2. Resume of the Inquiry, Re: Jeffrey Hale Purvis, Nov. 17, 1961, at 1 (FBI resume).

3. Appellant requested, received and returned in completed form SSS Form No. 150 (Special Form for Conscientious Objector).

4. Former 50 U.S.C.App. § 456(j) and former 32 C.F.R. § 1626.25. The procedure was eliminated by the Military Selective Service Act of 1967. See Note, Changes in the Draft: The Military Selective Service Act of 1967, 4 Colum.J.L. & Soc.Prob. 120, 149-51 (1968).

5. On the record before us, we cannot be sure whether the blame for the delay should be attributed to appellant or to bureaucratic inefficiencies or to both. Therefore, we have not given it independent significance.

6. The Government claims, and appellant denies, that he had also received a copy of the FBI resume in 1962. In view of our disposition of the case, the dispute is not material.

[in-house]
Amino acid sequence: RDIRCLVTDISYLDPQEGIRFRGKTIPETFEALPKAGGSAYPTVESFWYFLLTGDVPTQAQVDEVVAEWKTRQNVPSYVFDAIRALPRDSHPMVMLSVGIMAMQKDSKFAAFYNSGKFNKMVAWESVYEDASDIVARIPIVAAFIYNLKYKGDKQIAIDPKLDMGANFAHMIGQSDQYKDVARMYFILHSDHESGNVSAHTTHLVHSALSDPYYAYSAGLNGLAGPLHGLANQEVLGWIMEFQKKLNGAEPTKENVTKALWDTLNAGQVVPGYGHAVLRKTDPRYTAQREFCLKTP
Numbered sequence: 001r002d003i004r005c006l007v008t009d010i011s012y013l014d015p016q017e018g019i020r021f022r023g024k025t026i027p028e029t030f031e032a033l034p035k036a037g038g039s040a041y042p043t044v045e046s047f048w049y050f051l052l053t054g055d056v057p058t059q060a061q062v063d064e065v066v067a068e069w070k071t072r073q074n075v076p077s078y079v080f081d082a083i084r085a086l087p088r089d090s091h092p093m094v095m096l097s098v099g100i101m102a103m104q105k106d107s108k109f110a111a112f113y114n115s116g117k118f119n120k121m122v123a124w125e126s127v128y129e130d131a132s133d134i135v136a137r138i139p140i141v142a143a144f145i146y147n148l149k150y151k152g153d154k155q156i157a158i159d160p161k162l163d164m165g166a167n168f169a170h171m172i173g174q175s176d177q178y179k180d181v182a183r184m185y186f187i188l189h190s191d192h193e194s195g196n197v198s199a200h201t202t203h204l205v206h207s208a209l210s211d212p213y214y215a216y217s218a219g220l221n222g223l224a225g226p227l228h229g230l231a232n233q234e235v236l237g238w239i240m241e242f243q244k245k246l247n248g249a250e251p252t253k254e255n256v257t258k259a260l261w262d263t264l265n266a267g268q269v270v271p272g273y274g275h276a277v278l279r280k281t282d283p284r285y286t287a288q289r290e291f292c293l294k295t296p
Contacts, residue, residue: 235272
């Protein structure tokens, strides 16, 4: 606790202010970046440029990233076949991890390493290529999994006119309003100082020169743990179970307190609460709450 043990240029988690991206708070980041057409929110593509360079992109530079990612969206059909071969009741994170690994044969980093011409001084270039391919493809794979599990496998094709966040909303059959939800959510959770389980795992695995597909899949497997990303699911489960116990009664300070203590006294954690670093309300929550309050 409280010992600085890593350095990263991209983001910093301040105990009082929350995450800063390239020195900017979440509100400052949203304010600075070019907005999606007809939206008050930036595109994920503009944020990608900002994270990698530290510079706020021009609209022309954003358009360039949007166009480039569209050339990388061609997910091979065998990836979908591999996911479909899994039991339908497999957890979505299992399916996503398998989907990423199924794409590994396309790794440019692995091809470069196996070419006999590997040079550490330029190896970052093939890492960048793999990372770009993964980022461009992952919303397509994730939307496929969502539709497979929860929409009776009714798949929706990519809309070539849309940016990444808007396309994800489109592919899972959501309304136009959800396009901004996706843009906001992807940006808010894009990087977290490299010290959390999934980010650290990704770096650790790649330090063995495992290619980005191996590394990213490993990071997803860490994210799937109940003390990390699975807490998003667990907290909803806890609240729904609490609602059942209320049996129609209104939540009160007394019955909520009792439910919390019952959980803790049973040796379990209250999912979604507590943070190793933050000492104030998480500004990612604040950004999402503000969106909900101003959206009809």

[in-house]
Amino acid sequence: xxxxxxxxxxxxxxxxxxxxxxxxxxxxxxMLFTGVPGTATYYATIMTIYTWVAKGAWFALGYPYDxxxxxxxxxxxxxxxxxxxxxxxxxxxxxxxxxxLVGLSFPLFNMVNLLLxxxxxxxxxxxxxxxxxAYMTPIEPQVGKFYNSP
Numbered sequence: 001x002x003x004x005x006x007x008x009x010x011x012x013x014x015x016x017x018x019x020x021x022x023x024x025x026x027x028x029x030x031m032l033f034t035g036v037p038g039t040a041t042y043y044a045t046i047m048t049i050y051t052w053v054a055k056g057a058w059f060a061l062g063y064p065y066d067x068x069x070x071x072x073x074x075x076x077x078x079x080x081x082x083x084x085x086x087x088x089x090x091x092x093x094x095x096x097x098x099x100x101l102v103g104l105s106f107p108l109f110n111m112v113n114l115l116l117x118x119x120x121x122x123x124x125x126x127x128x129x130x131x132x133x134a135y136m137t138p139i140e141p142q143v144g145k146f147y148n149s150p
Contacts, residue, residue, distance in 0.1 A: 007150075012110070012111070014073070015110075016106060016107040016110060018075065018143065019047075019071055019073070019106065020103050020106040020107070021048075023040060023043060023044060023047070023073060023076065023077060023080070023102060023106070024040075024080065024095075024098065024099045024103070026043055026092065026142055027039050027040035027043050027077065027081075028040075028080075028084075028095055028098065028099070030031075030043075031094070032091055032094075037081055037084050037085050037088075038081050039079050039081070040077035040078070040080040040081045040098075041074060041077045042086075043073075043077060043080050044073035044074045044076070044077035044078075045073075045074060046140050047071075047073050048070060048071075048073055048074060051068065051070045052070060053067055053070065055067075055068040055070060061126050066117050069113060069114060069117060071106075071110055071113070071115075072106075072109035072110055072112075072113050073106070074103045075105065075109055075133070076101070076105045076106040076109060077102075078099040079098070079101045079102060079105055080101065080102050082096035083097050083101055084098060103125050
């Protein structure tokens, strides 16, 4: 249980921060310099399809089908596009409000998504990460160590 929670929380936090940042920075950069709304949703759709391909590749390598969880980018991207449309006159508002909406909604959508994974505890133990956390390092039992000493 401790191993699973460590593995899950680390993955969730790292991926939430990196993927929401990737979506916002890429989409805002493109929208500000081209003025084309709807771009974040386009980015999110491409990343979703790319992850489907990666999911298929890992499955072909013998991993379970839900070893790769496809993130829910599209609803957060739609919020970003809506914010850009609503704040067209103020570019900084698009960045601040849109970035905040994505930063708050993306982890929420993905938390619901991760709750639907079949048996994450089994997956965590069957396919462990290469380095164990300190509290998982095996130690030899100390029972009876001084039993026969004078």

7. Appellant's letter stated in relevant part as follows: Nor did I "admit that I would bear arms as a member of the Armed Forces and even kill if necessary to defend the U.S. against an aggressive attack by an armed enemy." I said that I would work in a civillian (sic) hospital or a medical corps in no way connected with the Armed Forces, i.e. with the Peace Corps, Medical Aid for underdeveloped nations, or with the Medical corps of UNESCO. When asked whether I would kill an armed aggressor if it were necessary to save the life of my immediate family, I replied that if there were no other means of deterring him, I would do so, but that I considered it morally wrong.

8. Appellant also argues that the district judge was not impartial, citing many troubling passages in the record, and that the three-year sentence was excessive.

9. The "basis in fact" test for review of selective service proceedings has been codified by the Military Selective Service Act of 1967. See 50 U.S.C.App. § 460(b) (3).

10. See note 7 supra.